Age and Human Hairiness
This Week in Elder News: 7 February 2009


EDITORIAL NOTE: Virginia DeBolt (bio) writes the bi-weekly Elder Geek column for Time Goes By in which she takes the mystery out of techie things all bloggers and internet users need to know to simplify computer use. She has written several books on technology and keeps two blogs herself, Web Teacher and First 50 Words.

It's easy to make a link in a blog post on your own blog. You just click the little chain link icon and put the URL in the box that opens up for the link information. The question of the day is, how do you do make a link in a comment on someone else's blog?

When you comment, there's no little chain link icon to guide you through making a link. You can still do it using an HTML tag. Most blog comment forms, such as the comments form on Time Goes By, will accept a few HTML tags. One of those commonly acceptable tags makes a link.

First let's define a couple of terms. The HTML tag that creates a link is the A tag. In HTML, A means anchor. A link tag is actually an anchor tag. Bad nomenclature choice, in my opinion, but I didn't make the rules. That's why most people call it a link, even though it's really an anchor!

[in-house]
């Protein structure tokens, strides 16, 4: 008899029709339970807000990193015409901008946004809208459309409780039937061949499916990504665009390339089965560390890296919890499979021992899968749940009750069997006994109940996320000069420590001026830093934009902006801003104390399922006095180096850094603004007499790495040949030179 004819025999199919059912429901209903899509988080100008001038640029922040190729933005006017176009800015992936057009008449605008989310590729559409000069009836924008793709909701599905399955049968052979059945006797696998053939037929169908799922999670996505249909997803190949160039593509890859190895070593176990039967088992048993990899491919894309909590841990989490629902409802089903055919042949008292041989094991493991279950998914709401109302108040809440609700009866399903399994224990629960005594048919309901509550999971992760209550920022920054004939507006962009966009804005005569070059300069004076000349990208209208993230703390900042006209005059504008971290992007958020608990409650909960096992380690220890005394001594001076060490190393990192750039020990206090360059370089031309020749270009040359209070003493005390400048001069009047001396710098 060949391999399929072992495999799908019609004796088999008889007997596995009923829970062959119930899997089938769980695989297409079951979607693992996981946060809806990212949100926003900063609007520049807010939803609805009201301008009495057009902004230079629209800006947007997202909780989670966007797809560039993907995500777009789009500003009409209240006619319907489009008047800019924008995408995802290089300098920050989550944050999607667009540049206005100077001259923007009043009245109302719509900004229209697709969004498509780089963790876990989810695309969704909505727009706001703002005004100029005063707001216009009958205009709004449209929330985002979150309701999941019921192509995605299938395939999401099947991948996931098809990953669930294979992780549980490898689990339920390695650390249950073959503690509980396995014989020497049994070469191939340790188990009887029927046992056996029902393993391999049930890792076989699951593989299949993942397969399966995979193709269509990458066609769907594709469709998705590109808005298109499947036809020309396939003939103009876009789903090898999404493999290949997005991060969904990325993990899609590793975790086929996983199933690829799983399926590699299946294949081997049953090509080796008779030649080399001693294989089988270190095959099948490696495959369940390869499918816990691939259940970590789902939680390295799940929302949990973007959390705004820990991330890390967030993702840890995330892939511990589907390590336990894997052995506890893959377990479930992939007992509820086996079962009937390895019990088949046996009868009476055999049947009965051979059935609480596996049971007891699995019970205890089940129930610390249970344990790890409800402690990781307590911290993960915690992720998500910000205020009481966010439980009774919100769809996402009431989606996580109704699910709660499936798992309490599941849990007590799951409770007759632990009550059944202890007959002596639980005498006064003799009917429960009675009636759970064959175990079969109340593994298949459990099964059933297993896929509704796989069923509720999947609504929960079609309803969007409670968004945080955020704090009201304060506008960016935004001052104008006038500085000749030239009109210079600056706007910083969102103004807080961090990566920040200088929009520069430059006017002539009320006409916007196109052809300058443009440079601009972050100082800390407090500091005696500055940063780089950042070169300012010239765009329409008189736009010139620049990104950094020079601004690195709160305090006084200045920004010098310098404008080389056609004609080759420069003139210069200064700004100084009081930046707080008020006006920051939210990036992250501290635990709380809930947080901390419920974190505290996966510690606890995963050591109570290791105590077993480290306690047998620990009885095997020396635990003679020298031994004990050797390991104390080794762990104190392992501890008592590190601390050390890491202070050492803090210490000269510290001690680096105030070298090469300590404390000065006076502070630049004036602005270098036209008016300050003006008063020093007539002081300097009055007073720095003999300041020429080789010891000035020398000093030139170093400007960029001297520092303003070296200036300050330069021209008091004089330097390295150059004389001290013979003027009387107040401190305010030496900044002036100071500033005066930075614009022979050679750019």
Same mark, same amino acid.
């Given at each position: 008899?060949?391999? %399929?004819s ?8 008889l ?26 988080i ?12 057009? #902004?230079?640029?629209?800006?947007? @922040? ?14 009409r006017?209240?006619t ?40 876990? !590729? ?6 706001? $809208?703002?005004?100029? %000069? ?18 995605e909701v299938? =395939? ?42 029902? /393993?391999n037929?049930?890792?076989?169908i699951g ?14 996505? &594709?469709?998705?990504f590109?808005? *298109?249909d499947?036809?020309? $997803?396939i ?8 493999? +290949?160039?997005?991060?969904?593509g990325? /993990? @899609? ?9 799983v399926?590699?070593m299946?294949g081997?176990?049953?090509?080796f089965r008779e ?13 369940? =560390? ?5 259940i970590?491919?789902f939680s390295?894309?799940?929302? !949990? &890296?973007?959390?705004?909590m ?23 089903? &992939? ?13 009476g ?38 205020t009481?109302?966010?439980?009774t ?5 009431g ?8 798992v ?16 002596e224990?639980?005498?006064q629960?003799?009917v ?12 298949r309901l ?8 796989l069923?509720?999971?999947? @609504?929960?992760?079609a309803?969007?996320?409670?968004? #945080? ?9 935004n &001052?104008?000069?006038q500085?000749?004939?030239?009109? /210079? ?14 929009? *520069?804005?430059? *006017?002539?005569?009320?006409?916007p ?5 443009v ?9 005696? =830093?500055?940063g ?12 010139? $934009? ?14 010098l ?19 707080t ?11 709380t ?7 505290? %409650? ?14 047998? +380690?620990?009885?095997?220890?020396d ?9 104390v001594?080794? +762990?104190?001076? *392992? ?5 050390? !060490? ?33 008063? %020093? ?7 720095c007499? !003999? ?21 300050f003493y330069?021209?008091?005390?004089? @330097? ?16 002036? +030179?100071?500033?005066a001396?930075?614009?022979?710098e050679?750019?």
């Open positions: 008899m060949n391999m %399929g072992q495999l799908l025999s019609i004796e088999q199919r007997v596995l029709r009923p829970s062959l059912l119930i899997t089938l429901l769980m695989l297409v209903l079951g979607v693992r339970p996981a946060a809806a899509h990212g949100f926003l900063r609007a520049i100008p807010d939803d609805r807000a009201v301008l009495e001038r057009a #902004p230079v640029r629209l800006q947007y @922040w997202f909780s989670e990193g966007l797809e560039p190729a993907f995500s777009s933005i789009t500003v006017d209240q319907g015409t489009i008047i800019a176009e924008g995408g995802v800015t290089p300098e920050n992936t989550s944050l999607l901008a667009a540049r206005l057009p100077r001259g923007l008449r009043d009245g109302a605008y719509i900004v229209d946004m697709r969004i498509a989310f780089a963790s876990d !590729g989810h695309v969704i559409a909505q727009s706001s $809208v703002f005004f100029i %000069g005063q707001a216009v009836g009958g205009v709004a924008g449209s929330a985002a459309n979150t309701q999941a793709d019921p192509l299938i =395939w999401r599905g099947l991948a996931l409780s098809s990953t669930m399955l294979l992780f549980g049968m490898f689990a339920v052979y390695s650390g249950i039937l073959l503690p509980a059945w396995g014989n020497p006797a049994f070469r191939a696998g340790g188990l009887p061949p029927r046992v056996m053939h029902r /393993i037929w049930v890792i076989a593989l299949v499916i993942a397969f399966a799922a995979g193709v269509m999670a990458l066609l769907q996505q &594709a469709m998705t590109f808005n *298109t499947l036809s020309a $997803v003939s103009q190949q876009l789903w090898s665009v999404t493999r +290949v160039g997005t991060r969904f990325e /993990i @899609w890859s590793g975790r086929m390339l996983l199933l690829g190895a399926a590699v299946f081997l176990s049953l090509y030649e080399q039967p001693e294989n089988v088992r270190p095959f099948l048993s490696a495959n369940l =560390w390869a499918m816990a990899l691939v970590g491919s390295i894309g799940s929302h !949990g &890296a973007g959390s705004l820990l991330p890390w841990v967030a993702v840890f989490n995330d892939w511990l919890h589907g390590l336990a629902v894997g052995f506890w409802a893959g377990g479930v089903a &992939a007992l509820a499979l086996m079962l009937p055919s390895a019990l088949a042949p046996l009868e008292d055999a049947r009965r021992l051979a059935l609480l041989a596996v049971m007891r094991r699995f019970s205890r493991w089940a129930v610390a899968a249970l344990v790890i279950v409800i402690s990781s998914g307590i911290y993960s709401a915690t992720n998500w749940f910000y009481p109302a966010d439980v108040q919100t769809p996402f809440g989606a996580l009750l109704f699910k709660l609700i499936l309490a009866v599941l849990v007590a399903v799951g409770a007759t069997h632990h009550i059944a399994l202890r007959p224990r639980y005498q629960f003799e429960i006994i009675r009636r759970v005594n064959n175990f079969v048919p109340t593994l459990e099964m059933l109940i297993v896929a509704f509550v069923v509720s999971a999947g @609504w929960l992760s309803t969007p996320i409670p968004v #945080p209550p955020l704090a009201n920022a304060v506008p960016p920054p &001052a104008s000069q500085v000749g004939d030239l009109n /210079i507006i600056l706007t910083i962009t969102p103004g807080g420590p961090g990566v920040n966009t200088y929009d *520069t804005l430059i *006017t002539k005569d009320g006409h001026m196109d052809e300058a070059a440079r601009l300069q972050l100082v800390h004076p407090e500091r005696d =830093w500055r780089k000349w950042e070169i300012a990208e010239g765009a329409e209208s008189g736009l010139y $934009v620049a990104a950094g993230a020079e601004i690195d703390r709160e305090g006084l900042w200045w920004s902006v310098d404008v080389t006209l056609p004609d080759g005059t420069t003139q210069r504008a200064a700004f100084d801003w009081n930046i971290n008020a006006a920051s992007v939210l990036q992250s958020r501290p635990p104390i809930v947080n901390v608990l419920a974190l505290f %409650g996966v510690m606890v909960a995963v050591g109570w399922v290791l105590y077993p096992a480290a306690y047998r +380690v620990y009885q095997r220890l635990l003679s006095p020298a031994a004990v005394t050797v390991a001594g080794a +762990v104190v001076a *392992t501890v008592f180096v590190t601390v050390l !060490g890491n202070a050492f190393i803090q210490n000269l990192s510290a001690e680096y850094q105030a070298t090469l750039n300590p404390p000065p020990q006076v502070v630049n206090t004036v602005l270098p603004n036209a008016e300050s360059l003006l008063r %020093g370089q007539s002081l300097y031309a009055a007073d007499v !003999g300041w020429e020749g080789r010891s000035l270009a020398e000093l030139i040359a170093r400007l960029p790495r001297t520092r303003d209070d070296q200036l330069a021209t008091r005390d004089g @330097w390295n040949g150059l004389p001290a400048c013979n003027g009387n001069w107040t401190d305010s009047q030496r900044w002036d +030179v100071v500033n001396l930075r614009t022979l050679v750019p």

The A tag needs an attribute that tells what the link connects to. That attribute is HREF. In HTML, HREF stands for Hypertext REFerence. In other words, the place you end up when you click the link.

You probably guessed already what information goes in the HREF part of a link, because you do it in blog posts when you put the URL for a link into a link box. That's right, the HREF gives the URL.

A few more preliminary geeky details.